That is very fair.
It was a dark and stormy night. Actually, that is not true—it was a dark but otherwise calm evening in Ecuador. A companion and I were trekking along a muddy track by a large river somewhere in one of the many blank areas on our map—[Interruption.] Give it time. It had been a long day's walk, and in the gathering gloom my trekking companion and I were seeking somewhere to pitch our tent. A figure loomed large on the road ahead of us. His clothes were simple, and he looked poor; we were wearing expensive boots and carrying rucksacks stuffed with clothes and equipment.
The man greeted us in a friendly way and engaged us in conversation. A little later, we were sitting in his home, which was sparsely furnished but clean and dry. His wife offered us food and drink, although the family clearly had little to spare. We were grateful for the hospitality of those extremely poor people and wanted to give them something in return. My friend reached into his rucksack and pulled out a small torch. He gave it to their young child, showing him how to use the torch. Later in the evening, when the boy was asleep, the father came up to us with the torch in his hand; he wanted to know whether it needed batteries. We realised that he was too poor to be able afford to purchase replacement batteries and that he was concerned about the great disappointment that the child would suffer when the batteries ran out.
Some members—including, perhaps, Hugh O'Donnell—are wondering why I have started my speech with an anecdote that is apparently unrelated to the motion. I have had the enormous privilege of travelling extensively and meeting people the world over. My travels have left me with the conviction that humans—wherever they are, regardless of colour, religion or culture—are all fundamentally the same. They have the same basic needs, hopes and fears. They love their children and want them to grow up healthy and happy. They are capable, however poor, of the greatest kindness and consideration. The human species, for all its flaws, is a wonderful thing.
The appreciation that we are all the same—one species, out of Africa—is essential if we are to build a better world. Will people care about the effects of global warming and the misery and despair that are caused by the resultant floods and droughts if they regard those who suffer as being apart from them—as being different? Can we challenge unfair trade policies and relieve the misery of exploitation if we cannot imagine ourselves in the place of the exploited? How can we find the energy to struggle against war and tyranny if we place a lower value on the lives of those who are being gassed or drugged and dropped from aeroplanes? To make the world a better place, we must understand that we are all the same under the skin.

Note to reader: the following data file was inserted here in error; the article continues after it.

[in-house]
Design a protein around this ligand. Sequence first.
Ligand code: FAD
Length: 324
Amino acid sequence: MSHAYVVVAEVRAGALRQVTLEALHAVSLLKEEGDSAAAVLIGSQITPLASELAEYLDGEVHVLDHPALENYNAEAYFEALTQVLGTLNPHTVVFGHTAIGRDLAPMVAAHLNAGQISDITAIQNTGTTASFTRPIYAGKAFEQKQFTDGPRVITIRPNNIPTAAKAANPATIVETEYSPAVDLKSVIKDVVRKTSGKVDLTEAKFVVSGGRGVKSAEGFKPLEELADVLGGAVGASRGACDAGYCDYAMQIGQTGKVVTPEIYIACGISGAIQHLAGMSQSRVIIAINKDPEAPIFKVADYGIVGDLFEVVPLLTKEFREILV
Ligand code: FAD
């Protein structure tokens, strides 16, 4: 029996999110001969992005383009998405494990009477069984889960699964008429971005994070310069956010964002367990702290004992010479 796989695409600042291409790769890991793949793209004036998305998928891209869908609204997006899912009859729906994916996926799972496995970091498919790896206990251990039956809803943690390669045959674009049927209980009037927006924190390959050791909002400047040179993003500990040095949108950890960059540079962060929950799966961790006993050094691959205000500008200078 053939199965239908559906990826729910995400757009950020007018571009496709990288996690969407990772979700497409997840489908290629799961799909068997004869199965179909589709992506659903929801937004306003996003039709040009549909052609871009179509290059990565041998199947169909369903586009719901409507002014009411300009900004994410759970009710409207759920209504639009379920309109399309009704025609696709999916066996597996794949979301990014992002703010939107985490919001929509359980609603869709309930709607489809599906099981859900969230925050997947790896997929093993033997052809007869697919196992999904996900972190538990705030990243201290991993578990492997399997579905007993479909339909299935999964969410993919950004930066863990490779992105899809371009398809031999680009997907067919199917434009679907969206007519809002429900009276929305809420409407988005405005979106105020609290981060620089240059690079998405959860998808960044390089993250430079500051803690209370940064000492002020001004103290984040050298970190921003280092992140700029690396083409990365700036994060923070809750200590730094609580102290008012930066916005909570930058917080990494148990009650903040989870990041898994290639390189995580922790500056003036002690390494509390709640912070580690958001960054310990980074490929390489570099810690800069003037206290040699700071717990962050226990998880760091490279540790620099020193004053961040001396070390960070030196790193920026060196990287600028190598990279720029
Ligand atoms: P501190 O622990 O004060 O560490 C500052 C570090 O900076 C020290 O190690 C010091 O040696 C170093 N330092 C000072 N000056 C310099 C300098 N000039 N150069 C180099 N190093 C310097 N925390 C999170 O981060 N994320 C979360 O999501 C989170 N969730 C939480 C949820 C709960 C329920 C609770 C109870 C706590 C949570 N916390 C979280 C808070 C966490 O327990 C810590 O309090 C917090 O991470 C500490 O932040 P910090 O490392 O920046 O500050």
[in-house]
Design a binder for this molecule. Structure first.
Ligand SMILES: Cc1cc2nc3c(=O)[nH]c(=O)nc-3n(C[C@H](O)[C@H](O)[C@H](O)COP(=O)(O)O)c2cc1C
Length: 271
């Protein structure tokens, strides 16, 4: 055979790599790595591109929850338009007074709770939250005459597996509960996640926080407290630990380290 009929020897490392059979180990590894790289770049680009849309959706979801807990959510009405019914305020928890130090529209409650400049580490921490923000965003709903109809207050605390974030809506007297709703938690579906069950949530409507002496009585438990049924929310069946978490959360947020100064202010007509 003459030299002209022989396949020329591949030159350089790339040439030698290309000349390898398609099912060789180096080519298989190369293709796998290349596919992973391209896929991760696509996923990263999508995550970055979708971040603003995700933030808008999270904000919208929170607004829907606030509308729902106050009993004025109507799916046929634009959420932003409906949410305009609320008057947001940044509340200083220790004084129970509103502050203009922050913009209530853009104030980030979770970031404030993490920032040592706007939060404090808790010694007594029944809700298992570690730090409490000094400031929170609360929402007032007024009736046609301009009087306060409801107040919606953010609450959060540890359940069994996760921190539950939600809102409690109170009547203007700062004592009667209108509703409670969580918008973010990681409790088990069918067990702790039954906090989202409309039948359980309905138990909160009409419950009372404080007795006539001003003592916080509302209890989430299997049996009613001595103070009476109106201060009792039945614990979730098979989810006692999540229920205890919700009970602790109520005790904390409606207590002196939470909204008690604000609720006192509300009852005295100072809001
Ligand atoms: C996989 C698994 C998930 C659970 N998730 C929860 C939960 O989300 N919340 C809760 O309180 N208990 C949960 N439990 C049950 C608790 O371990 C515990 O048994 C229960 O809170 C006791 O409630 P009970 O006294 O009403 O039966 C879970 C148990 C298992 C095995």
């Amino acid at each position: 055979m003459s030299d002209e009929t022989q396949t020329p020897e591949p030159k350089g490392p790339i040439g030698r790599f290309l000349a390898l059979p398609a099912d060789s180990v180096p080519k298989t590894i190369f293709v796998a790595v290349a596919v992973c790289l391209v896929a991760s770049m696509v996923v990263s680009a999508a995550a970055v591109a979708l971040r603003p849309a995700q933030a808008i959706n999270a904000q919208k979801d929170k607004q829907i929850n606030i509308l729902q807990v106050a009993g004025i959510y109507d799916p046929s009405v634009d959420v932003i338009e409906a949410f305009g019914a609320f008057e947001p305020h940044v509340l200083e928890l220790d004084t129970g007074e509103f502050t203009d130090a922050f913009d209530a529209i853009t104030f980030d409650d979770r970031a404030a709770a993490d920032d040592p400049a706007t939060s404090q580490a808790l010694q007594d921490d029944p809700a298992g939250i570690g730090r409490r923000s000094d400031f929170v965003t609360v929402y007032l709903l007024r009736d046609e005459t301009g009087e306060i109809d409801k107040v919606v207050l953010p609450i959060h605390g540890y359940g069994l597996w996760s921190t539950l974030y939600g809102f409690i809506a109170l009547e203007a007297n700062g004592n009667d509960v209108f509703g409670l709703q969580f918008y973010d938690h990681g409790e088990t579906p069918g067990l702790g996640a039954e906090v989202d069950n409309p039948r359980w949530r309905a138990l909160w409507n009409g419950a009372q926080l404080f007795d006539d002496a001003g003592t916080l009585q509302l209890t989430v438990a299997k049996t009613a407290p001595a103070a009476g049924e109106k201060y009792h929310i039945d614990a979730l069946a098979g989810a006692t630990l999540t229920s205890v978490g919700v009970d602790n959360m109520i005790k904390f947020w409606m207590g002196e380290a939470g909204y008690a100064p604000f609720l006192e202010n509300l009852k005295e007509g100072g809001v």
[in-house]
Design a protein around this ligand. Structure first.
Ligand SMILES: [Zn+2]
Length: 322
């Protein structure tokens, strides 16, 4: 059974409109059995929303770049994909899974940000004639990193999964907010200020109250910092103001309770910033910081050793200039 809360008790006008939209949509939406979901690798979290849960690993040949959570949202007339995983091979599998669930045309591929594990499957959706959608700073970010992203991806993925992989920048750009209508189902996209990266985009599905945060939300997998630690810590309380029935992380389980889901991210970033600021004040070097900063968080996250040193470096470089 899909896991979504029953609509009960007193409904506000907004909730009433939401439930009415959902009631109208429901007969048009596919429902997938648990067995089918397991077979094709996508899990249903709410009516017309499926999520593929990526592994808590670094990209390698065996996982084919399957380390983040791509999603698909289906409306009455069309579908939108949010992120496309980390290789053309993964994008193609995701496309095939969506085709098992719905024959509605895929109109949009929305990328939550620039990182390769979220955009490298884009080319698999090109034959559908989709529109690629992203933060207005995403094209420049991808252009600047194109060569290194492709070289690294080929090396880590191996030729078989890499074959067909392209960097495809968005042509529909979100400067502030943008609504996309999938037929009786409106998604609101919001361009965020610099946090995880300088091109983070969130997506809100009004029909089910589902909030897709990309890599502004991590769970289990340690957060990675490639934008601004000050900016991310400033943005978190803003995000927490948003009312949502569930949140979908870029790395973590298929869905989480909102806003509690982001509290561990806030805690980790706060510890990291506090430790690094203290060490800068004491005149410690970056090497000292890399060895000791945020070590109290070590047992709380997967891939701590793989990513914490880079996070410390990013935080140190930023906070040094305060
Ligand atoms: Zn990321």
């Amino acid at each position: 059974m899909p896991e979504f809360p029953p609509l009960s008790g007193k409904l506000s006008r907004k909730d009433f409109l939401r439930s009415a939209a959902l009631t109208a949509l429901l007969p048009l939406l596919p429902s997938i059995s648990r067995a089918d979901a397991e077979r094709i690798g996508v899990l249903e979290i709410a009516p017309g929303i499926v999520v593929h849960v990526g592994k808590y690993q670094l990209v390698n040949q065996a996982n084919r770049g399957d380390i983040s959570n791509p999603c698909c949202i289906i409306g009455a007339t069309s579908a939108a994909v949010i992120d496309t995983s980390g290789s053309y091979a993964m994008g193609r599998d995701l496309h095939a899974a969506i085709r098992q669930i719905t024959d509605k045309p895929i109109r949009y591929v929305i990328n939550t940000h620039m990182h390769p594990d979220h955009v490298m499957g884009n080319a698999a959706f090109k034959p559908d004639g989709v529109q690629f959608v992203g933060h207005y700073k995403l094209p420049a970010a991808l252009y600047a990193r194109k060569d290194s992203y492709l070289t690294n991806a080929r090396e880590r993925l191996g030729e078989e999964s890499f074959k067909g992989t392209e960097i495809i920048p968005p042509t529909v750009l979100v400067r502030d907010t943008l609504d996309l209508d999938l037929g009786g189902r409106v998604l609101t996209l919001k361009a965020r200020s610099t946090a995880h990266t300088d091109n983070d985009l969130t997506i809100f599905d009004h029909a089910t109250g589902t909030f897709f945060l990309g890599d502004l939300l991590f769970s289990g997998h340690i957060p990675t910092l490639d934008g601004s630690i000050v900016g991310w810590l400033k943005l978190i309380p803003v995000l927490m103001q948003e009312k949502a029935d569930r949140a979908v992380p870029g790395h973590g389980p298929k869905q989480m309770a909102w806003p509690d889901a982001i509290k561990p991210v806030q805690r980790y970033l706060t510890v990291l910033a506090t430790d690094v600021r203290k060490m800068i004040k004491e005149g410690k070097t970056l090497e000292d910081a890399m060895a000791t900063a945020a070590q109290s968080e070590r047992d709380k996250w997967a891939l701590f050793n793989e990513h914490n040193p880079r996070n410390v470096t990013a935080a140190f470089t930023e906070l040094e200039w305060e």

How do we reach such an understanding? We can reach it through travel, but if we do not have the time or means to travel, we can reach it through education. That is why international education is vital. Without it, we cannot build the compassion, tolerance and understanding that should lie at the very heart of any civilised society. With the interconnectedness of the world highlighted only yesterday by the coverage in The Scotsman of the biofuels issue, it is clear that international education should not be an optional add-on—it can and should be central to what goes
The curriculum for excellence website reports that the curriculum review group has stated:
"One of the prime purposes of education is to make our young people aware of the values on which Scottish society is based and so help them to establish their own stances on matters of social justice and personal and collective responsibility. Young people therefore need to learn about and develop these values. The curriculum is an important means through which this personal development should be encouraged."
The website further states:
"Wisdom, justice, compassion and integrity are the words inscribed on the mace of the Scottish Parliament. These words have helped to define values for Scottish society."
What better way for young people in Scotland to develop compassion than for them to learn about and interact with people in other countries? If they do that, a sense of justice will surely be encouraged. Research has shown that learning is most effective when it engages the emotions. Caring passionately about other people—their pain, hopes, fears, dilemmas and joys—will surely encourage youngsters to acquire further knowledge and understanding, which are the building blocks of wisdom. Furthermore, learning about the connectedness of things in general and of people specifically, and caring about those people, can only promote personal integrity. Thus we have wisdom, justice, compassion and integrity.
The curriculum for excellence seeks to encourage more learning through experience and to build four capacities: successful learning, confidence, responsible citizenship and effective contribution. An excellent way of doing that is to foster the interaction of Scottish pupils with youngsters in other countries. In Renfrewshire, global citizenship projects partner local schools with schools overseas. Trinity high school works with the Association of People with Disability in India. Another good example is the pairing of Rashielea primary school with Tianjin experimental primary school in China. The two schools have agreed to develop long-term education programmes through exchange visits, curriculum enrichment for language learning, electronic communication and the sharing of best practice.
I will visit Rashielea primary school on Friday and look forward to hearing the stories behind the pupils' China-inspired letters and artwork. I hope to learn more about the Scotland-China education network pupil conference, at which Rashielea pupils presented a talk describing their links with